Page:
CNN  — 

Wanuri Kahiu’s role model is an African feminist icon who dedicated her life to planting trees – and fighting the Kenyan authorities.

“She was a woman who was coming up against the government and being spoken about in the most horrific ways,” Kahiu said of environmentalist Wangari Maathai, who launched the Green Belt movement before becoming the first African woman to win the Nobel Peace Prize in 2004. “And she just wanted to plant trees.”

Swap “trees” for “films” and Kahiu could be talking about her own life.

The 39-year-old, whose works deal with themes often considered controversial in Kenya, including LGBTQ rights and feminism, is one of Africa’s most powerful filmmakers. Her mission to create art on African terms has given rise to what she calls “Afrobubblegum,” a genre that aims to tell stories of black joy, which Kahiu says has nothing to do with politics.

But over the past year, avoiding politics has become increasingly tricky. Kahiu is currently suing her country’s government, after it banned her 2018 film “Rafiki” – which later became the first Kenyan movie to be selected for the Cannes Film Festival in the event’s 70-plus-year history. The Kenyan Film Classification Board (KFCB) said the film was restricted “due (to) its homosexual theme and clear intent to promote lesbianism in Kenya contrary to the law.”

Actress Samantha Mugatsia, director Wanuri Kahiu and  actress Sheila Munyiva pose as they arrive on May 9, 2018 for the screening of the film "Rafiki" at the 71st edition of the Cannes Film Festival.

“Rafiki,” set in Nairobi, is the tender, hopeful story of two young women falling in love, and it tackles some of the most sensitive issues facing Kenyan society and politics today.

In Kenya, gay sex is illegal and is punishable by up to 14 years in jail. Though the colonial-era law was recently challenged, Kenya’s High Court ruled on Friday it should remain in place.

After “Rafiki” was banned in April 2018, Kahiu said she saw no option but to sue the KFCB on constitutional grounds. She said KFCB’s ban violated her right to free speech guaranteed in the Kenyan constitution.

Her lawsuit is pending – the next hearing is due in June – meaning much of Kenya still hasn’t seen the film. But the case has won Kahiu international notoriety and, abroad, her career is soaring. She recently landed a gig directing a new sci-fi series for Amazon, as well as an upcoming Reese Witherspoon production featuring Millie Bobby Brown of “Stranger Things.”

Kahiu now shares an agent with Oscar-winning “Black Panther” actress, Lupita Nyong’o. But her focus remains fixed on Kenya.

“I will continue fighting this case because I know what it means,” Kahiu said. “Governments think, ‘We have the authority to silence; we will not talk about rape because it doesn’t exist. We will not talk about violence against women.’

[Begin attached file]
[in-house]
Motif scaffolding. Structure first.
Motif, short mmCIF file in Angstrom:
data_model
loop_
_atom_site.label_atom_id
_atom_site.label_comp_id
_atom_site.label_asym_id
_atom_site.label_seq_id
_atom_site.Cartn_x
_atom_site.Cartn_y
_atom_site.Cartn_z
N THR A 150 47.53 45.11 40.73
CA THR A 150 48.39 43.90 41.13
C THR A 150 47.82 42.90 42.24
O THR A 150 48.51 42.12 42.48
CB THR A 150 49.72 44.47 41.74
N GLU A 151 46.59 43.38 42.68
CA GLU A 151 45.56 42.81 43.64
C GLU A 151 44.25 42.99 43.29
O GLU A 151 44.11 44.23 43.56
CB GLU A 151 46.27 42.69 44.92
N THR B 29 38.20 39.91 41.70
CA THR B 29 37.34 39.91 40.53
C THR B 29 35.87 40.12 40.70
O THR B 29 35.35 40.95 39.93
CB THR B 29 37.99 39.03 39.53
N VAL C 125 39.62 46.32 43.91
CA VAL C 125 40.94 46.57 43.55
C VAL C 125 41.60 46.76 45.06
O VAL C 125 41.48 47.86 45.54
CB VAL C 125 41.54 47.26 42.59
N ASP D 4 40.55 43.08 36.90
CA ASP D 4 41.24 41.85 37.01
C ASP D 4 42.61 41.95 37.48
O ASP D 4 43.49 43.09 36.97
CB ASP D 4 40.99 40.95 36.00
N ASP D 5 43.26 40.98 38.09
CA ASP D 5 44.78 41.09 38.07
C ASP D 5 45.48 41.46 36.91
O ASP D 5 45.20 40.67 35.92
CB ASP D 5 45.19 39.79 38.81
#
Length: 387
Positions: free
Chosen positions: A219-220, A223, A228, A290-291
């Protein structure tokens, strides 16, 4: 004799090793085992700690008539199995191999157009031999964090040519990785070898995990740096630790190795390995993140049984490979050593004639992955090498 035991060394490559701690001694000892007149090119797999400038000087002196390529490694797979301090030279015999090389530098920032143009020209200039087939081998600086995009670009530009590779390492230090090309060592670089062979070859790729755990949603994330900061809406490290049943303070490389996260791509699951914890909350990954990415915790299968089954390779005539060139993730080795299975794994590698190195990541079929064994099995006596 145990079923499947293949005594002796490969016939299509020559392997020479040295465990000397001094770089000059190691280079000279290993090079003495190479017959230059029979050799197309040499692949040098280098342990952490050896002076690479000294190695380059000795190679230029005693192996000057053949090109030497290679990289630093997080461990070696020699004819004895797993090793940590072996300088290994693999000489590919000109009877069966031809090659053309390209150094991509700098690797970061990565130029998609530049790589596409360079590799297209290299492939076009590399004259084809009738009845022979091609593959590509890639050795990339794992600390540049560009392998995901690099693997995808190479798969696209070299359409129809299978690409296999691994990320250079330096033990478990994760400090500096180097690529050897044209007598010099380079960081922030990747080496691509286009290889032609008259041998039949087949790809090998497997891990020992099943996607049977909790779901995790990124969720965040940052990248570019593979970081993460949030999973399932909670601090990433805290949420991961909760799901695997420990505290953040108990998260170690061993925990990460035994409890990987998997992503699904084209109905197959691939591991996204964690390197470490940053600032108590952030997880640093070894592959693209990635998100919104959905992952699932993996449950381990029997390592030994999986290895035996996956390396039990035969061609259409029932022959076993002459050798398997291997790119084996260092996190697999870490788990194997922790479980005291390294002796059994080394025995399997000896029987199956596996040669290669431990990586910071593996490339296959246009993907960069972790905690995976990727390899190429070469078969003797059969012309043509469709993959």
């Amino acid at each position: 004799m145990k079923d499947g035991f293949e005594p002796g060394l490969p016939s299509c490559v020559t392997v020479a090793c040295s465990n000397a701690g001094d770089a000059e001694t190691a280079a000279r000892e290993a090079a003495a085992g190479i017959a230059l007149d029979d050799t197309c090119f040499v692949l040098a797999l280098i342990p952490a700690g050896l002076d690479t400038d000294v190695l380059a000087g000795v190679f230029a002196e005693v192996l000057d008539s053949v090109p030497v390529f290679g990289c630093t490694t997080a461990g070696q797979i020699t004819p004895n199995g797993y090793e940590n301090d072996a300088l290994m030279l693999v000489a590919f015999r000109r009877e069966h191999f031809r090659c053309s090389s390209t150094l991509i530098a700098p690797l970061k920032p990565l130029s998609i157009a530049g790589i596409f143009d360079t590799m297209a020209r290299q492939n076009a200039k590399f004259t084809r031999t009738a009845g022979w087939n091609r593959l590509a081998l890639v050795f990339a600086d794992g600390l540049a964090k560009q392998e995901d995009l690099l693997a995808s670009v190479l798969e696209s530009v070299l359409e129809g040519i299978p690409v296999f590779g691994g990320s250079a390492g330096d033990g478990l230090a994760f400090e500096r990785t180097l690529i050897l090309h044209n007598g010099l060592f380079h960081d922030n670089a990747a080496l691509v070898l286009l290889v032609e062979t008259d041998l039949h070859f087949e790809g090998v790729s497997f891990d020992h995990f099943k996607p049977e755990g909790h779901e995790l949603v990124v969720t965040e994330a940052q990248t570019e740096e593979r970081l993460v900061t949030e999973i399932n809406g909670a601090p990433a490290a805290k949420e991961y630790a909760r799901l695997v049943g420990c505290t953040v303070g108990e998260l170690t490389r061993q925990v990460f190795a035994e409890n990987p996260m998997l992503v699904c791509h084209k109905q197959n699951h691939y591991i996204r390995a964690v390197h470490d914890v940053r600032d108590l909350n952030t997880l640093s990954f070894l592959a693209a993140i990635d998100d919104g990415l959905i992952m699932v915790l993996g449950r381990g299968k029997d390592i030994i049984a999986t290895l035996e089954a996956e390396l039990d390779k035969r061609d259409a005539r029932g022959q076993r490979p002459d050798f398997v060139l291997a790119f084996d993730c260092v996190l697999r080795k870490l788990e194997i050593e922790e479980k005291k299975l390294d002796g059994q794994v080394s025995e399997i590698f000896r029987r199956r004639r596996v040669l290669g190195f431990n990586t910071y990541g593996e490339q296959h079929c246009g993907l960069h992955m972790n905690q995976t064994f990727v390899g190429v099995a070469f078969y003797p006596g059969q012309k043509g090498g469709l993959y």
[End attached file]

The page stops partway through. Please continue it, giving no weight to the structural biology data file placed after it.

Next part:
“Freedom of speech has far-reaching consequences. I think we should all be concerned.”

Fun, fierce and frivolous

Kahiu wanted to make films from age 16, after she stumbled onto the TV set of one of her mother’s contacts in Nairobi. Her studies in business, and then film, took Kahiu to the UK and America, but she always knew she was coming home to make movies. “Always,” Kahiu repeated, emphatically.

Her early films can seem disparate. They range from “Pumzi,” a post-apocalyptic reimagining of Africa 35 years after World War II, to “From A Whisper,” which tells a story of forgiveness after the 1998 US embassy bombing in Nairobi. Her 2009 documentary “For Our Land” celebrated the filmmaker’s feminist hero and saw Kahiu finally able to meet and work with tenacious tree-planter Maathai.

But Kahiu later realized that her films featured common themes of hope and happiness. In 2015, she coined the term Afrobubblegum, a genre she sums up with the motto “fun, fierce and frivolous.”

Kahiu's sci-fi short film "Pumzi" was screened at the 2010 Sundance Film Festival as part of its New African Cinema program.

“It’s not that Africa can be these things. Africa is these things,” Kahiu said. “We’ve just chosen to pay attention to one thing and not the other,” she added, referring to the narrative of war, violence and poverty in Africa that, she said, is often pushed by Western art and media.

“Black Panther,” Kahiu said, can also be considered an Afrobubblegum movie: “It’s based on the African continent. It has Africans in it. It’s about Africa and it’s fun, fierce and frivolous.”

Retelling the African story

Kahiu wants to draw attention to the artists telling the story of modern Africa from an African perspective. She makes a point of wearing clothes by Kenyan designers, such as Ambica Shah and Zuri, and brands stocked at Made in Kenya, a shop in Nairobi’s hipster Parklands neighborhood. The “Rafiki” soundtrack was comprised almost entirely of modern Kenyan female artists.

Her Afrobubblegum genre is just one example of how the country’s distinct creative voice is being expressed.